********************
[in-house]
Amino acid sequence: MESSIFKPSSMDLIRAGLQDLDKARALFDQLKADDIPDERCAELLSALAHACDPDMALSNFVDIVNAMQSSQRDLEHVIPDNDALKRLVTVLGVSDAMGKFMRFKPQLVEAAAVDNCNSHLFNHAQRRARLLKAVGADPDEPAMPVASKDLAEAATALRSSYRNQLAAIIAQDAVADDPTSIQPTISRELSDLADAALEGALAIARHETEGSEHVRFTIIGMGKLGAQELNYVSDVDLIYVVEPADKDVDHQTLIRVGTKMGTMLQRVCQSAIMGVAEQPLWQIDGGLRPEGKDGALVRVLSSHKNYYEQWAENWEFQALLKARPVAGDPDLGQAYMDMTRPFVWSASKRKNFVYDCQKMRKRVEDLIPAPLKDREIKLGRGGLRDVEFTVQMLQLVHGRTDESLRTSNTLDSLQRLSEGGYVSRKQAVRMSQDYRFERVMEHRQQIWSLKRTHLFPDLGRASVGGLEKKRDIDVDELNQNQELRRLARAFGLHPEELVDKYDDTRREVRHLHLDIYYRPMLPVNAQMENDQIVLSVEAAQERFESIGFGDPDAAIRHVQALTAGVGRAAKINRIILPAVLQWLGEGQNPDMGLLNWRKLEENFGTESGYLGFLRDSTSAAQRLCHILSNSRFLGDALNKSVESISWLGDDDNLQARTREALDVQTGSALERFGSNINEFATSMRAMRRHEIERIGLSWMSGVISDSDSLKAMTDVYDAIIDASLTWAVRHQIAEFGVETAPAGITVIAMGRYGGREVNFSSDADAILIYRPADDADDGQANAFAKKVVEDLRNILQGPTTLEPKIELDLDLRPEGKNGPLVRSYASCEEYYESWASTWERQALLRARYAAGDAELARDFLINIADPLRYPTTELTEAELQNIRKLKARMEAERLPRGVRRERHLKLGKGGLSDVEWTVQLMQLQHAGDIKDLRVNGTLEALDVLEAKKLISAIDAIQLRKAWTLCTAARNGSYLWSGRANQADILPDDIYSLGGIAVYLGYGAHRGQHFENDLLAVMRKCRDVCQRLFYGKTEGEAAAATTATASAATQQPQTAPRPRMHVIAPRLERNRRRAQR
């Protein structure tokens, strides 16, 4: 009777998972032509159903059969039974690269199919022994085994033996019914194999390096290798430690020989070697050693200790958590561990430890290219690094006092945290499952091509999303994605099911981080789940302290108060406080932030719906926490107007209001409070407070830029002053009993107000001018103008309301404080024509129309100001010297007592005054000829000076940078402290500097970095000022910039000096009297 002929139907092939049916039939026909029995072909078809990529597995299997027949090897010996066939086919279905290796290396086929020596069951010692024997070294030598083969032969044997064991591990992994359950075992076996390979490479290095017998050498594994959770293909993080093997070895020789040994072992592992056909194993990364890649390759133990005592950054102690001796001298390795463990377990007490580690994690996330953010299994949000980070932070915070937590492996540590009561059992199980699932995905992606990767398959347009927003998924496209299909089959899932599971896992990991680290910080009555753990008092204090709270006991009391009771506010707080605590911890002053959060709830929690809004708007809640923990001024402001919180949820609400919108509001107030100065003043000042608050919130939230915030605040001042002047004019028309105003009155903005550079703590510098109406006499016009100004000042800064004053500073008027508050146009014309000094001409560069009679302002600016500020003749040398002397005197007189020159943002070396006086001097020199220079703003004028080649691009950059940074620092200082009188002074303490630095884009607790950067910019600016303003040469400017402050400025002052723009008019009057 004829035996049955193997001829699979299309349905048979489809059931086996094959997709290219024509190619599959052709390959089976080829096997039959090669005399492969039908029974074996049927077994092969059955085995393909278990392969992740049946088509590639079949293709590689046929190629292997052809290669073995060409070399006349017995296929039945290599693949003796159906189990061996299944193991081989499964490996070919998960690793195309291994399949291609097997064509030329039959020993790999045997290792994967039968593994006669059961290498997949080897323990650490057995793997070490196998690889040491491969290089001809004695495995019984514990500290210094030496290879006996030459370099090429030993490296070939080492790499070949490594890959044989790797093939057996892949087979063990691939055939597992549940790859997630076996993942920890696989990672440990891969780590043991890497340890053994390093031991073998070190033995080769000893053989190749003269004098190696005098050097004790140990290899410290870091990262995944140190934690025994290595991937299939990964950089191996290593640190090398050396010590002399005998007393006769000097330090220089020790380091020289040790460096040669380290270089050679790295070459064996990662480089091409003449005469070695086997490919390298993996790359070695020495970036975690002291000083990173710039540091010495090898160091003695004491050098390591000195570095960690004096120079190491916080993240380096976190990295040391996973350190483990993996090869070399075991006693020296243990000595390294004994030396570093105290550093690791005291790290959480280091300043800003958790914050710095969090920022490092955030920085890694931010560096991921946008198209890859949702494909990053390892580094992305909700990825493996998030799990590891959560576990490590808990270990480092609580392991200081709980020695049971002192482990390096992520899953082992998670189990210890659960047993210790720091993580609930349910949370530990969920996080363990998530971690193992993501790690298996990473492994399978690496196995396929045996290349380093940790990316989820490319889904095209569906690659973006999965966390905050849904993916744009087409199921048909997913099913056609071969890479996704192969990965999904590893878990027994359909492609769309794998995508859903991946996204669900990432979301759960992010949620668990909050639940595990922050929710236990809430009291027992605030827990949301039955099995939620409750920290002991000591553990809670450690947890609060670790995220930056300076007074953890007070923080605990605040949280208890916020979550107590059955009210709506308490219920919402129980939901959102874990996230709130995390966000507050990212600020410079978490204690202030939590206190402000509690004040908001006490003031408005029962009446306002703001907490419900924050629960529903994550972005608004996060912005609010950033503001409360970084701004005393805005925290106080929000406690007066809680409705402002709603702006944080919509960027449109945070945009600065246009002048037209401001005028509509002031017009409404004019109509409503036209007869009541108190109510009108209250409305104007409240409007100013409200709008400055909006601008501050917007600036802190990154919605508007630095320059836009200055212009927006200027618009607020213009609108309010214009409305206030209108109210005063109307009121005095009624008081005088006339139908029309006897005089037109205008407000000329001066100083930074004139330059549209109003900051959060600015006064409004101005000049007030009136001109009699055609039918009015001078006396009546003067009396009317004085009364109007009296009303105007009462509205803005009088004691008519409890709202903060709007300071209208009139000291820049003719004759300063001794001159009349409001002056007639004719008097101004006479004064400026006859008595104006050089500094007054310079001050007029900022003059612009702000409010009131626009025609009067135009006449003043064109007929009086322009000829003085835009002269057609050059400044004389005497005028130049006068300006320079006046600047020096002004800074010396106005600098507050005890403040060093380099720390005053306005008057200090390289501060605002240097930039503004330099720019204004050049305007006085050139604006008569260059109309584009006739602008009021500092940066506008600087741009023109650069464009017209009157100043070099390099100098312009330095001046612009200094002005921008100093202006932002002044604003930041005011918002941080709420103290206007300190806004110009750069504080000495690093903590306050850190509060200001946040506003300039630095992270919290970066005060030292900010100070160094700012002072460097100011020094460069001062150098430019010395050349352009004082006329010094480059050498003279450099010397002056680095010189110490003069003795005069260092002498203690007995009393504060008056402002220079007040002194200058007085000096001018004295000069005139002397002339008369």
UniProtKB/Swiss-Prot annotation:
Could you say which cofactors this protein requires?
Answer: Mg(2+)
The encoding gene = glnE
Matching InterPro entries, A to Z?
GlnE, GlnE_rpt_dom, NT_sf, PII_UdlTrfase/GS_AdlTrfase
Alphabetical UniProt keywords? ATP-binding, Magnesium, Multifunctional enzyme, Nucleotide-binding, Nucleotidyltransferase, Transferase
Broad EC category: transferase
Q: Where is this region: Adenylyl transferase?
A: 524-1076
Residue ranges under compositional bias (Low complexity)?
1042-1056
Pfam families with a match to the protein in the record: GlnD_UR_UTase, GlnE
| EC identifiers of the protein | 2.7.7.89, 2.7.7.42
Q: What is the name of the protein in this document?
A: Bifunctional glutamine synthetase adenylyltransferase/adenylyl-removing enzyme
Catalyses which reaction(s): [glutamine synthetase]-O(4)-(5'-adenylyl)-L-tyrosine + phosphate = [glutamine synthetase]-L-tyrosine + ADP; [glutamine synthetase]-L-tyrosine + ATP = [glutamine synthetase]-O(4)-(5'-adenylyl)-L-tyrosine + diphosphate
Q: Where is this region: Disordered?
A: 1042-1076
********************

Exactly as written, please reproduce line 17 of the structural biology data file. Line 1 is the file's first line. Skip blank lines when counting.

| EC identifiers of the protein | 2.7.7.89, 2.7.7.42